Since we already saw all the animals in previous countries that live on the island, we decided to save the fees for another activity along the way. Instead, Alex, a young, likeable local showed us different plantations and the village life. We visited a cacao plantation, which lay directly next to some breadfruit trees. Afterwards, we visited the herbalist who produces handmade hammocks as well. The old man normally takes about a week to finish one hammock and sells it afterwards for less than 3 US Dollars. After we witnessed the handicraft of the village blacksmith, we left the small village in the direction of the main road. 


Zimmi was the last larger town before reaching the border with Liberia and we planned to spend the night in this small city. After we met some friendly locals during a storm, we found a room equipped with neither windows and nor a door in the middle of the center. 

The relaxed, small town of Zimmi seemed very inviting to us and we decided to stay for a few days to chill out. The people greeted us from everywhere with «Ha di body» (How is your body?) or «Ha di aftanoon» (How is the afternoon?) and asked further questions like «What is your mission»? We always answered we slowly («small small») cycle from Europe to South Africa and amused ourselves over the amazed faces.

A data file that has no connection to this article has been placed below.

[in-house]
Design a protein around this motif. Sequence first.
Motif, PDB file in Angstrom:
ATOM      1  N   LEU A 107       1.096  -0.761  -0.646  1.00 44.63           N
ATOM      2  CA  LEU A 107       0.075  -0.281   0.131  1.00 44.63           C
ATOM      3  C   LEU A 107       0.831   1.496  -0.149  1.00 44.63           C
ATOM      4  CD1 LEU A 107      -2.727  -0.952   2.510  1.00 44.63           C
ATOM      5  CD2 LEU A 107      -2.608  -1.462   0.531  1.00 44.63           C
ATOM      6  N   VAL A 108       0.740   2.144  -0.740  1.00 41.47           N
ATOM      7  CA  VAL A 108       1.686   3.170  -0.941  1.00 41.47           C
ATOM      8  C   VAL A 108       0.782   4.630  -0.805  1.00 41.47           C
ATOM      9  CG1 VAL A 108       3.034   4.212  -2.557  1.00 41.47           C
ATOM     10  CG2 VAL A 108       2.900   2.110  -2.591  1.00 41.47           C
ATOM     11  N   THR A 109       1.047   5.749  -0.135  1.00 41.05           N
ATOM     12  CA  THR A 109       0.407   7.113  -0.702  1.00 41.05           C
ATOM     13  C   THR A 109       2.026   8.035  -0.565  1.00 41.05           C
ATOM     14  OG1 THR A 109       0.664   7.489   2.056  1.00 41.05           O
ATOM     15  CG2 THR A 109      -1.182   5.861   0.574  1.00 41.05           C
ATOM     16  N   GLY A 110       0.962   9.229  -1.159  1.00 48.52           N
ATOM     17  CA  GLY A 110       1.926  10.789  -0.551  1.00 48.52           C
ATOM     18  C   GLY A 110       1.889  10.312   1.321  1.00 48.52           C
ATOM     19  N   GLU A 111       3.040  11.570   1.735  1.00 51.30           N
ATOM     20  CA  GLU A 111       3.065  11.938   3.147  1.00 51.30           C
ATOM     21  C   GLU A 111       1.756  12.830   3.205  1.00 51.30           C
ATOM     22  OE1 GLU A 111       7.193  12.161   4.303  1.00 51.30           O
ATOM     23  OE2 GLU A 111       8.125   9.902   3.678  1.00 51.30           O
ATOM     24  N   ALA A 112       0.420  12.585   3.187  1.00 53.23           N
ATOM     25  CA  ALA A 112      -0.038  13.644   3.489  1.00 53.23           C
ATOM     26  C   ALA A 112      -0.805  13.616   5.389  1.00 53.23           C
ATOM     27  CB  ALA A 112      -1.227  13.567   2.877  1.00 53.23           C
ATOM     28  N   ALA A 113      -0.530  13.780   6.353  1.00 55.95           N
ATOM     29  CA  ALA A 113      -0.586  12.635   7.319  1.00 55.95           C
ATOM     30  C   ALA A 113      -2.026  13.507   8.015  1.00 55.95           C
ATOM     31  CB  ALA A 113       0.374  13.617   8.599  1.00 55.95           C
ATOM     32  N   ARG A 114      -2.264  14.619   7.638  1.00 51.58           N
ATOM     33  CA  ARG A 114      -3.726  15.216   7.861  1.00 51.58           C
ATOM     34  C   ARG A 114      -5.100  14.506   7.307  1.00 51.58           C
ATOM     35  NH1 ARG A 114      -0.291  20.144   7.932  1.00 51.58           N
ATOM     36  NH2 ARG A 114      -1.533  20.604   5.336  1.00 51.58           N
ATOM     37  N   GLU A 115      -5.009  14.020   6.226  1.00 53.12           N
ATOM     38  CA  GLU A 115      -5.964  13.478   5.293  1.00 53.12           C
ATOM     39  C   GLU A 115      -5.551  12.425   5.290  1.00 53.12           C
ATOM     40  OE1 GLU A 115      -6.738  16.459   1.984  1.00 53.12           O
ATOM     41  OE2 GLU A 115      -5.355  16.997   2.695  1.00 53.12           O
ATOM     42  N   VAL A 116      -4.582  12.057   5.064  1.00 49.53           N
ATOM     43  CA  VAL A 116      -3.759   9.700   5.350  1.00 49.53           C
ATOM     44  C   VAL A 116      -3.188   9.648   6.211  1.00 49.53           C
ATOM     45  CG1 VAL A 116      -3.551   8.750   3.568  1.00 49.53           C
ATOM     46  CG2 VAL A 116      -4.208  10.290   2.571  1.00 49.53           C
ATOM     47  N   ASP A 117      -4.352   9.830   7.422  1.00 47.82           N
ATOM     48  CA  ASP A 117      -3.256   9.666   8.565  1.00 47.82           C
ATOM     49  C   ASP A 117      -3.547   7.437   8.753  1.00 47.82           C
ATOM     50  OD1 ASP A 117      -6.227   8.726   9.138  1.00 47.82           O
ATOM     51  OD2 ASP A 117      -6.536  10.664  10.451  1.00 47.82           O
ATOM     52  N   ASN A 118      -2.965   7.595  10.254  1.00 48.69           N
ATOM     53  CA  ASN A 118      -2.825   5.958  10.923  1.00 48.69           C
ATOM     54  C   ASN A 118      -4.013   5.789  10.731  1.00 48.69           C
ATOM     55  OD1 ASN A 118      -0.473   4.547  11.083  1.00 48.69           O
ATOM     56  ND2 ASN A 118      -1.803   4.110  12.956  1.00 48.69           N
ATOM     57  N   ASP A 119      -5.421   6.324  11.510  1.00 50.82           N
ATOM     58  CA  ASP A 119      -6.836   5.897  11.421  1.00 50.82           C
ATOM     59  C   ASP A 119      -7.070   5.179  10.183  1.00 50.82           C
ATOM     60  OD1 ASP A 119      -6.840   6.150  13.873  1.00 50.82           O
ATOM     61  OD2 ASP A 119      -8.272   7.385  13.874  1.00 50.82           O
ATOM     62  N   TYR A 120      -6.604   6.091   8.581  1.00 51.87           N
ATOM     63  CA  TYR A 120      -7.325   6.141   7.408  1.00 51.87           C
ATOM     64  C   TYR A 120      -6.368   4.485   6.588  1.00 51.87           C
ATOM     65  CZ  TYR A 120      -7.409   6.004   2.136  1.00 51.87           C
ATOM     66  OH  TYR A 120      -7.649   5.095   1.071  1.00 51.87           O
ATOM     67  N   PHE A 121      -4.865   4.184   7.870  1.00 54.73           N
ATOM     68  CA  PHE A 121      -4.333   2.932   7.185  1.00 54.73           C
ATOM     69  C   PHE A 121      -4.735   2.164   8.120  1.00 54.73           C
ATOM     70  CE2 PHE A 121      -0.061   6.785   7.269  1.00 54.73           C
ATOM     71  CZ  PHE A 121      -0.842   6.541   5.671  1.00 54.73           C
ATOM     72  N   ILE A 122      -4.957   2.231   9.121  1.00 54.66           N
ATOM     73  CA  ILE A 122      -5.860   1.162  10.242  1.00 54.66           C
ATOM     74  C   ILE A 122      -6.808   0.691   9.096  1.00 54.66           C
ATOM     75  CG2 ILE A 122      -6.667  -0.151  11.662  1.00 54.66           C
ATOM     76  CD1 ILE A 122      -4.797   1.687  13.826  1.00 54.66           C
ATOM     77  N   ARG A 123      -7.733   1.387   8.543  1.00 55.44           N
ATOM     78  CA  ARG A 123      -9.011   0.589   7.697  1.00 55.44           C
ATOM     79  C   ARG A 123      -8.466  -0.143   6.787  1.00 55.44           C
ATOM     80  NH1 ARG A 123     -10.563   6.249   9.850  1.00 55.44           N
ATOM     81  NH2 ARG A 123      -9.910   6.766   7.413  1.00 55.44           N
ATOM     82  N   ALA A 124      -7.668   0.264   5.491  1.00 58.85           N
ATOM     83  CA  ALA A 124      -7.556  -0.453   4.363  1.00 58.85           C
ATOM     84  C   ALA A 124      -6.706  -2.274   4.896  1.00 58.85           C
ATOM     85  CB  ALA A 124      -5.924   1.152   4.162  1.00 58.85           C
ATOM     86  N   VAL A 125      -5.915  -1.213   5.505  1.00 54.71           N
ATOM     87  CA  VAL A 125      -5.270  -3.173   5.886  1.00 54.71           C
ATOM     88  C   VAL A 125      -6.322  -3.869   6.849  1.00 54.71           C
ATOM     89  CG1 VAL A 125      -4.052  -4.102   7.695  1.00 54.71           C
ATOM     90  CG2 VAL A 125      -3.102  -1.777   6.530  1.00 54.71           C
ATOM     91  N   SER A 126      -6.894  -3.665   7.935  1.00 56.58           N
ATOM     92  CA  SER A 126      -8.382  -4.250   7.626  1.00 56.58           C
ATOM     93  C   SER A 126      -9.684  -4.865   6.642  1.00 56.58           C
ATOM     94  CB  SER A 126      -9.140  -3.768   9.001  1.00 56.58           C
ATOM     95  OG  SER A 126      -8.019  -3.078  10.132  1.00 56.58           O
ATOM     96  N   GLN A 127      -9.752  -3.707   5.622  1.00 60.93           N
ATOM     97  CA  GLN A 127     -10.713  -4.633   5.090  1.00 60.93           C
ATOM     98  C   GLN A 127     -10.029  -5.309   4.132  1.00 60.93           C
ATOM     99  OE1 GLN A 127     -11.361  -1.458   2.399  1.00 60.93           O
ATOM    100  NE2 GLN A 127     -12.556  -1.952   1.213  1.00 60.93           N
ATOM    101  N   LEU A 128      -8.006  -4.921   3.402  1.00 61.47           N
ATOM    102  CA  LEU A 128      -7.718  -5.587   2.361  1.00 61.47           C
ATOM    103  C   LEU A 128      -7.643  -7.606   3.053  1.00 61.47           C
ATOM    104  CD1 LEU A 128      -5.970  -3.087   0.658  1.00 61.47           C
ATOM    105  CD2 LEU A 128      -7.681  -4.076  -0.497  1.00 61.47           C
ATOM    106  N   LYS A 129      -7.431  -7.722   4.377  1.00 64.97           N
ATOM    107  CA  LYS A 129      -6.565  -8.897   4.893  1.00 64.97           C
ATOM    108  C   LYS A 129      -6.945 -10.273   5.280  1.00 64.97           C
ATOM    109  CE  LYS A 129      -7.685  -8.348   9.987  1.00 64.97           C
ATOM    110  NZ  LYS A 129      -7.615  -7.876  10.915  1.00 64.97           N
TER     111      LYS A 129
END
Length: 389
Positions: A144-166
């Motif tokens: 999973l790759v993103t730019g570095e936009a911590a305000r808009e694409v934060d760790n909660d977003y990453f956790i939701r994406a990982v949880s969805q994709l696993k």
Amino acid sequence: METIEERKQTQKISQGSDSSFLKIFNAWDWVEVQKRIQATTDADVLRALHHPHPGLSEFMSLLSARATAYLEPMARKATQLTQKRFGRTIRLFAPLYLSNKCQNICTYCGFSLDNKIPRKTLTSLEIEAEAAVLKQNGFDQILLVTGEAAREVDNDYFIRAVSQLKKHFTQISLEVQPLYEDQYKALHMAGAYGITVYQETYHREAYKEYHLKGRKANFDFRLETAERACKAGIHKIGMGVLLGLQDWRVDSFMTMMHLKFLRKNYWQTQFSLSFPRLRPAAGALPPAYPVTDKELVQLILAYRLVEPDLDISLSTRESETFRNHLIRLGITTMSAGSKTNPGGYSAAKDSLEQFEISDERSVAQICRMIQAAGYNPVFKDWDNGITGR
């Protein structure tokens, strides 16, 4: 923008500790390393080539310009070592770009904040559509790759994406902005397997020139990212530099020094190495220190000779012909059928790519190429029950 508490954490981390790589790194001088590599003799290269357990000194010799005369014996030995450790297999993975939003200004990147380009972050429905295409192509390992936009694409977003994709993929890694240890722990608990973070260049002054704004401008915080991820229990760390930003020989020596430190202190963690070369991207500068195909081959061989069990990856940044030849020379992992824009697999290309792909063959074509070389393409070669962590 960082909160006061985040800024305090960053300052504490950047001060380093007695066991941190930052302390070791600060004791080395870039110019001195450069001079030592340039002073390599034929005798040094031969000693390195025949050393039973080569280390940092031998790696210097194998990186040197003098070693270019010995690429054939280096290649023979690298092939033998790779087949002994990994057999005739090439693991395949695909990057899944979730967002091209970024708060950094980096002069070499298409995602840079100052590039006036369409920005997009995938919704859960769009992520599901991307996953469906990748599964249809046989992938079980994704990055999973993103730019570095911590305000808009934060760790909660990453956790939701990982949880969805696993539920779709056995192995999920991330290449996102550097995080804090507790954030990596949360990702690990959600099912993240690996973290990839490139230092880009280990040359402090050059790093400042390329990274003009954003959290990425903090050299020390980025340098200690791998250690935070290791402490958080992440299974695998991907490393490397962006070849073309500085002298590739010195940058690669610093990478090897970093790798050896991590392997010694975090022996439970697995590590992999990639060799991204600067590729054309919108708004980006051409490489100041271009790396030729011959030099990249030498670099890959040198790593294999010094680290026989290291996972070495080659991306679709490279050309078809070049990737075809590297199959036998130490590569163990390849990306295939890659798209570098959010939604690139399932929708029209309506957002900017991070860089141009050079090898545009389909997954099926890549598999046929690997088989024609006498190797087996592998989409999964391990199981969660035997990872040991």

When we did not relax in our room, we discovered the local market or walked through the streets and talked with various people about politics or our journey. During an afternoon, we walked to a public well to wash ourselves. The people were extremely surprised when we suddenly undressed directly next to the water source to wash off the sweat from our bodies. The African people always assume that we would be superior to them, just because of our skin color. We repeatedly try to explain that we are all just humans and if they can wash in public, we can do that as well. 

After we said goodbye to all our newly made friends and explained our travel story to other interested strangers, we left the quiet and peaceful town. In the beginning, we could profit from the newly tarred main road, but quickly had to switch the old dirt road through the dense forest due to construction works. In a village, we filled our water bottles and helped a motorcyclist to remount his chain, since he did not have the proper tools. 

In the lively border town Jendema, we met a police officer while drinking a local tea called «attaya». Thanks to him, the officer in charge let us sleep in a room inside the police station. The present police officers were frantic, when they heard that this would never be possible in Switzerland.